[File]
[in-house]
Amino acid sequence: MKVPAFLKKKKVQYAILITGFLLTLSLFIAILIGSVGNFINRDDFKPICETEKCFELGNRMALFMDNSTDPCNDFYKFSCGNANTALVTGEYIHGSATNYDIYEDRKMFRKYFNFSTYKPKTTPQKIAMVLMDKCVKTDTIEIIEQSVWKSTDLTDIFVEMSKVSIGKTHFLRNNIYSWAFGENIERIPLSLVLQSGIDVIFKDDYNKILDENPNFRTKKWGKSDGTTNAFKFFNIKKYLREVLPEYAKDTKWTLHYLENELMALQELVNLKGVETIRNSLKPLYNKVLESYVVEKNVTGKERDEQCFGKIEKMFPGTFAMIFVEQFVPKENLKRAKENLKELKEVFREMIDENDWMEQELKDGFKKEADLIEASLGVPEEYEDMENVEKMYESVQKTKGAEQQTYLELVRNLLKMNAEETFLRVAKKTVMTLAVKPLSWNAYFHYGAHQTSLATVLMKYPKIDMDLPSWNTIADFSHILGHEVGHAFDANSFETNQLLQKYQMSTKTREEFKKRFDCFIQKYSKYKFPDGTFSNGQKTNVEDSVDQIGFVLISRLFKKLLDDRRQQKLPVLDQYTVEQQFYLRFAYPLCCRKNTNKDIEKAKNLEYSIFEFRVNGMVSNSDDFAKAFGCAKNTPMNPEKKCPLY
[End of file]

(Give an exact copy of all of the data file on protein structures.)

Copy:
[in-house]
Amino acid sequence: MKVPAFLKKKKVQYAILITGFLLTLSLFIAILIGSVGNFINRDDFKPICETEKCFELGNRMALFMDNSTDPCNDFYKFSCGNANTALVTGEYIHGSATNYDIYEDRKMFRKYFNFSTYKPKTTPQKIAMVLMDKCVKTDTIEIIEQSVWKSTDLTDIFVEMSKVSIGKTHFLRNNIYSWAFGENIERIPLSLVLQSGIDVIFKDDYNKILDENPNFRTKKWGKSDGTTNAFKFFNIKKYLREVLPEYAKDTKWTLHYLENELMALQELVNLKGVETIRNSLKPLYNKVLESYVVEKNVTGKERDEQCFGKIEKMFPGTFAMIFVEQFVPKENLKRAKENLKELKEVFREMIDENDWMEQELKDGFKKEADLIEASLGVPEEYEDMENVEKMYESVQKTKGAEQQTYLELVRNLLKMNAEETFLRVAKKTVMTLAVKPLSWNAYFHYGAHQTSLATVLMKYPKIDMDLPSWNTIADFSHILGHEVGHAFDANSFETNQLLQKYQMSTKTREEFKKRFDCFIQKYSKYKFPDGTFSNGQKTNVEDSVDQIGFVLISRLFKKLLDDRRQQKLPVLDQYTVEQQFYLRFAYPLCCRKNTNKDIEKAKNLEYSIFEFRVNGMVSNSDDFAKAFGCAKNTPMNPEKKCPLY